sharing wireless connection...

Discussion in 'Windows Desktop Systems' started by Dr. Kramer, Apr 12, 2005.

  1. Dr. Kramer

    Dr. Kramer Who's Yo' Doctor?

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    Ok, so my laptop is capable of receiving and using a wireless signal that I am sharing with my neighbor. But I want to hook my desktop up thru my laptop wireless connection. The 2 are connected via a Linksys BEFSR41 wired router. I've tried to bridge the wireless and wired connections on my laptop, but when I do that, I can't connect to the WLAN. I've tried all combo's with the bridge, but can't get anything to work. ANy help would be appreciated..

    DK
     
  2. Reverend Jasen

    Reverend Jasen OSNN One Post Wonder

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    Bridging is not what you want to do. That combines 2 connections to the same LAN into one. Not 2 connections from different LAN's.

    First, you need to setup ICS on the laptop to share out the wireless connection.
    rightclick "network places">"properties", rightclick "wireless connection">"properties", "Advanced">"share this connection" (or however they word it) Then walk through the quick wizard. This basically turns your laptop into a router, making the wireless connection the WAN side, and the ethernet connection the LAN side.

    Now, to get this to work right, you'll have to turn off DHCP on your router, so that the desktop is getting it's IP/mask/gateway/etc from the laptop's ICS, otherwise the 2 are fighting each other to give away IP's.
    It *might* work if you plug the cable from your laptop into the router's WAN port, and leave the router's DHCP enabled. I haven't tried that, but in theory it should work. Of course, then you'd have some weird double NAT thing going on and that could possibly mess with some of your programs. No, actually that would be a triple NAT, if you count the originating wireless AP. Confusing, isn't it? :)
     
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  3. muzikool

    muzikool Act your wage. Political User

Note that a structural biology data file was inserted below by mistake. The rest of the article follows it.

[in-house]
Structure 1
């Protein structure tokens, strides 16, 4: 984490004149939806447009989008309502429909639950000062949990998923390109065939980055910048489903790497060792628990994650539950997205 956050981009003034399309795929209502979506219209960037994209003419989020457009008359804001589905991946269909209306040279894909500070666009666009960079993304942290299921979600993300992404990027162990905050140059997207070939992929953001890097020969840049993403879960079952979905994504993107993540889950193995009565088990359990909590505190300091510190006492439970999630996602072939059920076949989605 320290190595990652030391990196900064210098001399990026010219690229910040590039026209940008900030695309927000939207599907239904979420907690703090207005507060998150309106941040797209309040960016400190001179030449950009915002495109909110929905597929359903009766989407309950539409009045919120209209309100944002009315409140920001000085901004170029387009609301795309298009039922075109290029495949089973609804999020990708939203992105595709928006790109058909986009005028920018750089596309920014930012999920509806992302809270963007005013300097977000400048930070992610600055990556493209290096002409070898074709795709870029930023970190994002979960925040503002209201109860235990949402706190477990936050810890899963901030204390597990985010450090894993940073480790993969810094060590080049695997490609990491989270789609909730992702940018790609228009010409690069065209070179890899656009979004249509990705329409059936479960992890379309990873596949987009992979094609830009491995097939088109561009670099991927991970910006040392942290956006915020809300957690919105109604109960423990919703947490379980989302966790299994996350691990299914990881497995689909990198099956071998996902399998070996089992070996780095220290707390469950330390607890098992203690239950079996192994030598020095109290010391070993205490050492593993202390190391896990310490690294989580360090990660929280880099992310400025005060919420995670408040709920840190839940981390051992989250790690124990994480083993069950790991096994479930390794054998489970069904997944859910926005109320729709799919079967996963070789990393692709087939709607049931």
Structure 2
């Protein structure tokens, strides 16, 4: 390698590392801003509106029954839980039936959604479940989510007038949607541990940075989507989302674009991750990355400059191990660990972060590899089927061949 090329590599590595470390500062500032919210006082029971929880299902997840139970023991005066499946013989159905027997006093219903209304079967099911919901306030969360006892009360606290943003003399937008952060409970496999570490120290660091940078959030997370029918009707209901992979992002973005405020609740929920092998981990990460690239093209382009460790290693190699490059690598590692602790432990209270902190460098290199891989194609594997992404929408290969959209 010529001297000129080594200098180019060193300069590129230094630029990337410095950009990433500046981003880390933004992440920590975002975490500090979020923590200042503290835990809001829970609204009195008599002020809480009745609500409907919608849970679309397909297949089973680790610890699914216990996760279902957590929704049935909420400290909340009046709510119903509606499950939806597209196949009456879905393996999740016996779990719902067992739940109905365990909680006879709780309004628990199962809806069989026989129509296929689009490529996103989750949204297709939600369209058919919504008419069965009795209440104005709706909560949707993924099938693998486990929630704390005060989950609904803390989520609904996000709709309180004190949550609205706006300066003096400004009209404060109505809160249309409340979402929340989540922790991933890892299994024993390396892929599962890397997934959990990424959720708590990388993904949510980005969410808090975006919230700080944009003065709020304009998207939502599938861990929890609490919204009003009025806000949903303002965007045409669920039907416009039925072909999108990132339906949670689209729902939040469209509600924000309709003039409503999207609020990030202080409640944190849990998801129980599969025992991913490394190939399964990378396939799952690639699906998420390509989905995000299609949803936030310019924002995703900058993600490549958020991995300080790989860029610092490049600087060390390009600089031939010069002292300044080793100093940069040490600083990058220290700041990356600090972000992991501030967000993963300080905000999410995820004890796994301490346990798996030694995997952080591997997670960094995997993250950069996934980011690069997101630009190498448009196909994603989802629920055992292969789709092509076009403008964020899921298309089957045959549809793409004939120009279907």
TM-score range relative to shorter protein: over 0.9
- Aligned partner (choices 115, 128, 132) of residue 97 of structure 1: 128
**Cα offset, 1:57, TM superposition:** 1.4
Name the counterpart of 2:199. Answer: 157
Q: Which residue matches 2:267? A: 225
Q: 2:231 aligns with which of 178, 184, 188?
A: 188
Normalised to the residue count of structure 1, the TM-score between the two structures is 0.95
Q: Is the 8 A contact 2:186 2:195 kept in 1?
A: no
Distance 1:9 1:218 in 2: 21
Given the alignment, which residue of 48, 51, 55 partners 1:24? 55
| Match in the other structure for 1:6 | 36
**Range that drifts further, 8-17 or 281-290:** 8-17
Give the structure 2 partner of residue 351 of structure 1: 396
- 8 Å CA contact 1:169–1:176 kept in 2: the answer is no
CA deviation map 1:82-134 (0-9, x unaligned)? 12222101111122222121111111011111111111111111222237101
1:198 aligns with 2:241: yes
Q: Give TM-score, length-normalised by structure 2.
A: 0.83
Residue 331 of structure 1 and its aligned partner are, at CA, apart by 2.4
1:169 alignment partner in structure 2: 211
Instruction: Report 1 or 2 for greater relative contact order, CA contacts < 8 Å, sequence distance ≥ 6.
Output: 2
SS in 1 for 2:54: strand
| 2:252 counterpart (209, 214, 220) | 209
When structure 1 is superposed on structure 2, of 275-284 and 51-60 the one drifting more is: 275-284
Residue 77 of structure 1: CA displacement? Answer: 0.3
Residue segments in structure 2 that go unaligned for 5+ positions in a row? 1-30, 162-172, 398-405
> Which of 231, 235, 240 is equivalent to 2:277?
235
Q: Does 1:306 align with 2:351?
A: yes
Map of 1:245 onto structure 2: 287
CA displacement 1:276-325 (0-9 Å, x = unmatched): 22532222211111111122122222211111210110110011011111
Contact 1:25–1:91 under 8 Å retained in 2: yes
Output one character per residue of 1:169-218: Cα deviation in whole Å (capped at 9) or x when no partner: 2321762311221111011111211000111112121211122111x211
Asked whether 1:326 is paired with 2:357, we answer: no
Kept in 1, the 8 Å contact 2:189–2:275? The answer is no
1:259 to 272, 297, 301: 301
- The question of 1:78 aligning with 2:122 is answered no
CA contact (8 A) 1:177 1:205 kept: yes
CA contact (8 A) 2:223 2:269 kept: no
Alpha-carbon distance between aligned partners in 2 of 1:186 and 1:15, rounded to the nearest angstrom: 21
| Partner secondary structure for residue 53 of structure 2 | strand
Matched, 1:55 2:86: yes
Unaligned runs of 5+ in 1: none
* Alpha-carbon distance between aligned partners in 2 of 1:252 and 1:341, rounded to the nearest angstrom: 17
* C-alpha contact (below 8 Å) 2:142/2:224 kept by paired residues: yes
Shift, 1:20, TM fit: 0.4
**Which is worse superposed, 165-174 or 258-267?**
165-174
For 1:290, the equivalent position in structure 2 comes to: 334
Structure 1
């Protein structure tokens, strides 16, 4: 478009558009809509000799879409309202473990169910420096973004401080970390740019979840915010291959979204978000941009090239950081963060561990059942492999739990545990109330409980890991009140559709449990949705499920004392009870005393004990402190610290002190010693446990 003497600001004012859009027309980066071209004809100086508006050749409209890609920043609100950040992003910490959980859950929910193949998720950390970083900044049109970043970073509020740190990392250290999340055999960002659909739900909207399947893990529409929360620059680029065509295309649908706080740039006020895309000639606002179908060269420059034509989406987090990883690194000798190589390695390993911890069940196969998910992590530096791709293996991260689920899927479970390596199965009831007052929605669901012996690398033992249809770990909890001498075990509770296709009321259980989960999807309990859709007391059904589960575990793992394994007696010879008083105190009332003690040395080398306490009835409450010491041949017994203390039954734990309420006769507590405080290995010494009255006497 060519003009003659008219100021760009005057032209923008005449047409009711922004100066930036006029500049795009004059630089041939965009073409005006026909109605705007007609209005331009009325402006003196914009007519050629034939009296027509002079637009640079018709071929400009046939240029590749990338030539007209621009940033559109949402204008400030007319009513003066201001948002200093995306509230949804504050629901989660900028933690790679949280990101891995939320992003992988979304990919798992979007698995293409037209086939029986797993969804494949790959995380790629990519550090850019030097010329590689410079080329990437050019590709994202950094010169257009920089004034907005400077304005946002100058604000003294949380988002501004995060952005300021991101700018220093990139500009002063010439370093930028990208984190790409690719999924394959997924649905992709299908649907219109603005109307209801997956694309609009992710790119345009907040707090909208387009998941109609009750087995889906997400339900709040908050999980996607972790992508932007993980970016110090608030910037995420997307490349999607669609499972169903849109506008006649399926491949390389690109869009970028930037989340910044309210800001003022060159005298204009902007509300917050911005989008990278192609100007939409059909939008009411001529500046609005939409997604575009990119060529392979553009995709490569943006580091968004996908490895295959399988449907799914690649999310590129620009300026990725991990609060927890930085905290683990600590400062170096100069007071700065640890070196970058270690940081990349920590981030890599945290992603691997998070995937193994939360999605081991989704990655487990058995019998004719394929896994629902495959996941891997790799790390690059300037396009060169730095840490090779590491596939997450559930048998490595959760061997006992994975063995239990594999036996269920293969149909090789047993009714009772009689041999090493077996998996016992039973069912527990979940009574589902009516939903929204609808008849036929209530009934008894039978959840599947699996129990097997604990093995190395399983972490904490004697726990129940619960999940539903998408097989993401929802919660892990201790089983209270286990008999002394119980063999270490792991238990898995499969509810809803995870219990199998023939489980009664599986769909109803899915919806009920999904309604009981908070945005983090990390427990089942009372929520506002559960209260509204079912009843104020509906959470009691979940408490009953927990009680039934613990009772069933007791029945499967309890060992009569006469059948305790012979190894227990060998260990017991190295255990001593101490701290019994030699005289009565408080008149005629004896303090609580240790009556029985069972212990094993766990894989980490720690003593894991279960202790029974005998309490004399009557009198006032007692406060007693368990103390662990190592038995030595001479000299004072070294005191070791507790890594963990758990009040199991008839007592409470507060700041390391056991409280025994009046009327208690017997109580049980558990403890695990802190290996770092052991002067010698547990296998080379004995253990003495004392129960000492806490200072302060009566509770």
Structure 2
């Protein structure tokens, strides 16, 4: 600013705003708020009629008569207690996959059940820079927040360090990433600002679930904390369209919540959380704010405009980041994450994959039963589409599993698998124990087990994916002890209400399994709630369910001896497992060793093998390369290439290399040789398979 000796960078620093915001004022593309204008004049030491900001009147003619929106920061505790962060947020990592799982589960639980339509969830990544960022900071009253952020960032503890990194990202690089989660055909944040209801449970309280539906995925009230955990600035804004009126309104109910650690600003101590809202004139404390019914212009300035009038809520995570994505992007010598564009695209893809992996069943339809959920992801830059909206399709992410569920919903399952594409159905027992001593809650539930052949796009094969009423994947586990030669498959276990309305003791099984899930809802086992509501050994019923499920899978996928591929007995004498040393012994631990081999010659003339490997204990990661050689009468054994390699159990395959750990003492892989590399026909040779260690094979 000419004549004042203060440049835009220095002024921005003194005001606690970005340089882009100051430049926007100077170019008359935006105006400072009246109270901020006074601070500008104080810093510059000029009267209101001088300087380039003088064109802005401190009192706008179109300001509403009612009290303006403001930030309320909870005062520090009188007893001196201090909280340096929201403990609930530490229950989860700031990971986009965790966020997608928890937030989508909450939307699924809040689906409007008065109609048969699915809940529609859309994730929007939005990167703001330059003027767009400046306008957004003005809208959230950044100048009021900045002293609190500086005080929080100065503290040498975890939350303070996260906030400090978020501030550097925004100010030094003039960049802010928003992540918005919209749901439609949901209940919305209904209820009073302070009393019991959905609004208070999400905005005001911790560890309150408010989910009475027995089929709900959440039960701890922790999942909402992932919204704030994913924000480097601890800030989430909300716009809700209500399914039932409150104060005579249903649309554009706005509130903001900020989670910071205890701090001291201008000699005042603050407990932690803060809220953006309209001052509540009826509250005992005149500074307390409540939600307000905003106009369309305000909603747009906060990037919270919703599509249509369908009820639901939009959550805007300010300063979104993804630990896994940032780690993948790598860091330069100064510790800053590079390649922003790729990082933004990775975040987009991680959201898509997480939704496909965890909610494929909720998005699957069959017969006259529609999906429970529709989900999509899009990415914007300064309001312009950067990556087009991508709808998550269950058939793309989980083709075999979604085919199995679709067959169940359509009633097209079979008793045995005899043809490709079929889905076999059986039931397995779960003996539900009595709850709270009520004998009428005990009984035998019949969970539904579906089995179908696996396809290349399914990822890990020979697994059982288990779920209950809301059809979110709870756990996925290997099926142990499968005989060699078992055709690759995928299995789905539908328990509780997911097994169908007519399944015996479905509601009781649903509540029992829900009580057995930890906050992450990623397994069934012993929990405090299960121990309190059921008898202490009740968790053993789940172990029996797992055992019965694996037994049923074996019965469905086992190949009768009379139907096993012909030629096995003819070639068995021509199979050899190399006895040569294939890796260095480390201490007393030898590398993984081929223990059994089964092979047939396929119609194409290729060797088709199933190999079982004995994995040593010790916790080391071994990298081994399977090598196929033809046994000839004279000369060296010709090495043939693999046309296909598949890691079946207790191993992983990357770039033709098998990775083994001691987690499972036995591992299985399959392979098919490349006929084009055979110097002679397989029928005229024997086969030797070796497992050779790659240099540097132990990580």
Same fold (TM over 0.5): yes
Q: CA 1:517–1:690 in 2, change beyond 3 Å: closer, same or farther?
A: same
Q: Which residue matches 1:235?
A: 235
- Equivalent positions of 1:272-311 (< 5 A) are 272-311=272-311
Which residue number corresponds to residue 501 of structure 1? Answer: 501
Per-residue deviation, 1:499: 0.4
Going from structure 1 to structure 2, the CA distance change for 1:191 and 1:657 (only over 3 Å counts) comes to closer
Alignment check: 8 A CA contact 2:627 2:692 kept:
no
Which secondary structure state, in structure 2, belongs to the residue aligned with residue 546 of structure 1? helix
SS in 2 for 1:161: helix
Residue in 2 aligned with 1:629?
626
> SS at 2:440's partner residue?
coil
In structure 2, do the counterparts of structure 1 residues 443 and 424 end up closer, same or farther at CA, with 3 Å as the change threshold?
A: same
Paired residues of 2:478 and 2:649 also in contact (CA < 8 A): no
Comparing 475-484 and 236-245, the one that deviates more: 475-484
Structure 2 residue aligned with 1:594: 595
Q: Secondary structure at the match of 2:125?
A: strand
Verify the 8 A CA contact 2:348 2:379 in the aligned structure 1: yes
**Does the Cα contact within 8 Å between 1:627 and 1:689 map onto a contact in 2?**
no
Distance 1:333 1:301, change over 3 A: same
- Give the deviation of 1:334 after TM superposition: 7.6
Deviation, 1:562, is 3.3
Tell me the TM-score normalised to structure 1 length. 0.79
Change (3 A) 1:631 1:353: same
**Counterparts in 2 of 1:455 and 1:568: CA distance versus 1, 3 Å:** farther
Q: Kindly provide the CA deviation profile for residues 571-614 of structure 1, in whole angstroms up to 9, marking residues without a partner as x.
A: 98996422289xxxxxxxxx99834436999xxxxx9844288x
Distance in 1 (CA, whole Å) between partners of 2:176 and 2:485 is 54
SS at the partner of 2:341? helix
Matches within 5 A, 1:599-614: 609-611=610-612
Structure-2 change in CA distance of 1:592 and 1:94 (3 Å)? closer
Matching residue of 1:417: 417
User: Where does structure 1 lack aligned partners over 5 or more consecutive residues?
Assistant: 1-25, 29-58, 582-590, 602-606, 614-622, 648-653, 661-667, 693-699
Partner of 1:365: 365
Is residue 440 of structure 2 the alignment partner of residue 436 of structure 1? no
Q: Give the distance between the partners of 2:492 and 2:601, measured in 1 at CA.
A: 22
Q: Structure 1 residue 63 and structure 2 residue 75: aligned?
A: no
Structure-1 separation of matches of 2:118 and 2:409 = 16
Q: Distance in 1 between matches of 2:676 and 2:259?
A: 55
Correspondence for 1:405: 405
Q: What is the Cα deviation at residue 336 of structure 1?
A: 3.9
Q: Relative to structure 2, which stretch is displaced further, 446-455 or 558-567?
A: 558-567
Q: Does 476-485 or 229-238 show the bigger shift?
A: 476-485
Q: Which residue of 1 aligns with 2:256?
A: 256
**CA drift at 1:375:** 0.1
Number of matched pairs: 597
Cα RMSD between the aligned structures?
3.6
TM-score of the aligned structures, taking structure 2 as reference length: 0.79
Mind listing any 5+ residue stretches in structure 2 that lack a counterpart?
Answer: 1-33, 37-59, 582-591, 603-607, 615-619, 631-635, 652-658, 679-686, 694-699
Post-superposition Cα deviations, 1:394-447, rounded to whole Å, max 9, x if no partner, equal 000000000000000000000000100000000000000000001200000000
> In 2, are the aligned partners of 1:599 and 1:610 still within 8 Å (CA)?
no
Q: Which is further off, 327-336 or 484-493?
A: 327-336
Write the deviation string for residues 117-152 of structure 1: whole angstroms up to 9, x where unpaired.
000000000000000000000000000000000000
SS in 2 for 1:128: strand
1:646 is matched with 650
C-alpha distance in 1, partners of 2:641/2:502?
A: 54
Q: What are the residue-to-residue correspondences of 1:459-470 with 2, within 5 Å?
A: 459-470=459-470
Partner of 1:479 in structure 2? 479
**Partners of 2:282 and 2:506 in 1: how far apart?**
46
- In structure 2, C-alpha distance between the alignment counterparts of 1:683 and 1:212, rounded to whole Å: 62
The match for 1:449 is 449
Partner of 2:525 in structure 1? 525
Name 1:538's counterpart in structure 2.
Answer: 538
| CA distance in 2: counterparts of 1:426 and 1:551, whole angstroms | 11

Nice reply, RJ... and welcome to OSNN! :D
     
  4. Nick

    Nick OSNN Lurker

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    Could you provide some more info on your network setup?

    At the moment it's not clear wether you need a bridge or need ICS, but it sounds like a bridge will do what you want, as it is designed to connect two network segments together, where as ICS is designed to perform NAT on a WAN connection. You might be able to get it to work using ICS, but your best sticking to the right tool for the job to avoid unnecissarily complicated network setups if you have to change anything later on.
     
  5. wind3D

    wind3D OSNN Addict

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    Hmm, I'm still a noob at networking, but now that the time seems right...is it possible to combine 2 DSL connections from two seperate lines into one connectioon? Say you've got two lans, can you connect both of those lans to one single computer?
     
  6. mooo

    mooo thecyberninja

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    wind3d you can get a dual wan router.. i think that is the only way though.


    Well while on this subject, I have 2 cable modems at my house, 1 is connected to a router that everyone uses except me, and i have my own. Is it possible to add a wireless network card and jump onto that network and notmess up my current connection to my modem??
     
  7. Nick

    Nick OSNN Lurker

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    Location:
    North West, UK
    To use two ADSL connection's as one you need a load balancing router.

    As for the questions about 2 networks into one computer, this is a little bit tricky, but shouldn't cause too much of a problem. Once you've got the 2 network cards set up (wireless or wired, doesn't make a big difference to tcp/ip) you need to configure your computer which connection it needs to use to access different networks, like the internet for example. You do this by using the route command from the command prompt to set up which gateways to route traffic through according to the rules you define. More information on the route command here. The instruction's are for Windows XP, but haven't changed much since NT.

    If you do have two network connection's set up and have access to the internet on both of them, you want to set up route's to the internet on both of them, but give the one you'll use most a lower metric. This means that you'll use your primary connection as long as it's running, and if it goes down your computer will just failover and route the connection over your other connection.

    Hope this helps :)
     
    Last edited: Apr 21, 2005
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  8. wind3D

    wind3D OSNN Addict

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    Nick: Kudods for the great info. Thanks.